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Early life socioeconomic adversity is associated in adult life with chronic inflammation, carotid atherosclerosis, poorer lung function and decreased cognitive performance: a crosssectional, population-based study

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dc.contributor.author Packard, Chris J.
dc.contributor.author Bezlyak, Vladimir
dc.contributor.author McLean, Jennifer S.
dc.contributor.author Batty, David G.
dc.contributor.author Ford, Ian
dc.contributor.author Burns, Harry
dc.contributor.author Cavanagh, Jonathan
dc.contributor.author Deans, Kevin A.
dc.contributor.author Henderson, Marion
dc.contributor.author McGinty, Agnes
dc.contributor.author Millar, Keith
dc.contributor.author Sattar, Naveed
dc.contributor.author Shiels, Paul G.
dc.contributor.author Nathan, Yoga
dc.contributor.author Tannahill, Carol
dc.date.accessioned 2013-02-11T14:34:23Z
dc.date.available 2013-02-11T14:34:23Z
dc.date.issued 2011
dc.identifier.uri http://hdl.handle.net/10344/2878
dc.description peer-reviewed en_US
dc.description.abstract Background: Socioeconomic gradients in health persist despite public health campaigns and improvements in healthcare. The Psychosocial and Biological Determinants of Ill-health (pSoBid) study was designed to uncover novel biomarkers of chronic disease that may help explain pathways between socioeconomic adversity and poorer physical and mental health. Methods: We examined links between indicators of early life adversity, possible intermediary phenotypes, and markers of ill health in adult subjects (n = 666) recruited from affluent and deprived areas. Classical and novel risk factors for chronic disease (lung function and atherosclerosis) and for cognitive performance were assessed, and associations sought with early life variables including conditions in the parental home, family size and leg length. Results: Associations were observed between father’s occupation, childhood home status (owner-occupier; overcrowding) and biomarkers of chronic inflammation and endothelial activation in adults (C reactive protein, interleukin 6, intercellular adhesion molecule; P < 0.0001) but not number of siblings and leg length. Lung function (forced expiratory volume in 1 second) and cognition (Choice Reaction Time, the Stroop test, Auditory Verbal Learning Test) were likewise related to early life conditions (P < 0.001). In multivariate models inclusion of inflammatory variables reduced the impact and independence of early life conditions on lung function and measures of cognitive ability. Including variables of adult socioeconomic status attenuated the early life associations with disease biomarkers. Conclusions: Adverse levels of biomarkers of ill health in adults appear to be influenced by father’s occupation and childhood home conditions. Chronic inflammation and endothelial activation may in part act as intermediary phenotypes in this complex relationship. Reducing the ‘health divide’ requires that these life course determinants are taken into account. en_US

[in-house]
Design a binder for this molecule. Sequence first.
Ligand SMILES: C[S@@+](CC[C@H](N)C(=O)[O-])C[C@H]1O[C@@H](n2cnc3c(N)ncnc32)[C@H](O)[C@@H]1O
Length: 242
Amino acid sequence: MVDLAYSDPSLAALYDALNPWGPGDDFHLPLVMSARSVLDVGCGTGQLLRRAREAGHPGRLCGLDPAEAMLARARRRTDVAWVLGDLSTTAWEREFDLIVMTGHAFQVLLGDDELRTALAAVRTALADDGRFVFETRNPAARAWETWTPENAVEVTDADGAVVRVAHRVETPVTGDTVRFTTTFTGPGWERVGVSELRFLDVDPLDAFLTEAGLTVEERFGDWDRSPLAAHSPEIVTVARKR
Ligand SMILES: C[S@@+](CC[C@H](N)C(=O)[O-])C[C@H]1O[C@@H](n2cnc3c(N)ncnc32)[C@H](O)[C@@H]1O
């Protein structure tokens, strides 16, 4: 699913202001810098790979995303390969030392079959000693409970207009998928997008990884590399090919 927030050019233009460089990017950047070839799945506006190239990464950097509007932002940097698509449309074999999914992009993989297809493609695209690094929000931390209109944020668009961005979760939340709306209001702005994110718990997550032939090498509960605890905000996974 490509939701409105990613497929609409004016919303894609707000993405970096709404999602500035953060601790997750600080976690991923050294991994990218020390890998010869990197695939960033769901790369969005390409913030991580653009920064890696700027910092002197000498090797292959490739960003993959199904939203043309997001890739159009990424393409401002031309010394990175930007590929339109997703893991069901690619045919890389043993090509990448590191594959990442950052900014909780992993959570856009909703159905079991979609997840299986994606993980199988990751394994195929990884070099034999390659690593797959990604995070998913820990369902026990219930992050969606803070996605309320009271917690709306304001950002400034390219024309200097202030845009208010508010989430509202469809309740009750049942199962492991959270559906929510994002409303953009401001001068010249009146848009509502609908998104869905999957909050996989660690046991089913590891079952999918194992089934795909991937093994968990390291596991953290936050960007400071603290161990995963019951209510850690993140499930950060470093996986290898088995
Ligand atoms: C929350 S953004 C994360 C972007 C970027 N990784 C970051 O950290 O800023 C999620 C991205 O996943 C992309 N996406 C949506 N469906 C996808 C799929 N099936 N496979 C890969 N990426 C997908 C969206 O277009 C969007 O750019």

dc.language.iso eng en_US
dc.publisher BioMed Central Ltd. en_US
dc.relation.ispartofseries BMC Public Health;Jan 17, 11:42
dc.subject socioeconomic adversity en_US
dc.subject chronic disease en_US
dc.subject physical and mental health en_US
dc.title Early life socioeconomic adversity is associated in adult life with chronic inflammation, carotid atherosclerosis, poorer lung function and decreased cognitive performance: a crosssectional, population-based study en_US
dc.type info:eu-repo/semantics/article en_US
dc.type.supercollection all_ul_research en_US
dc.type.supercollection ul_published_reviewed en_US
dc.contributor.sponsor Glasgow Centre for Population Health en_US
dc.rights.accessrights info:eu-repo/semantics/openAccess en_US
dc.internal.rssid 1409378


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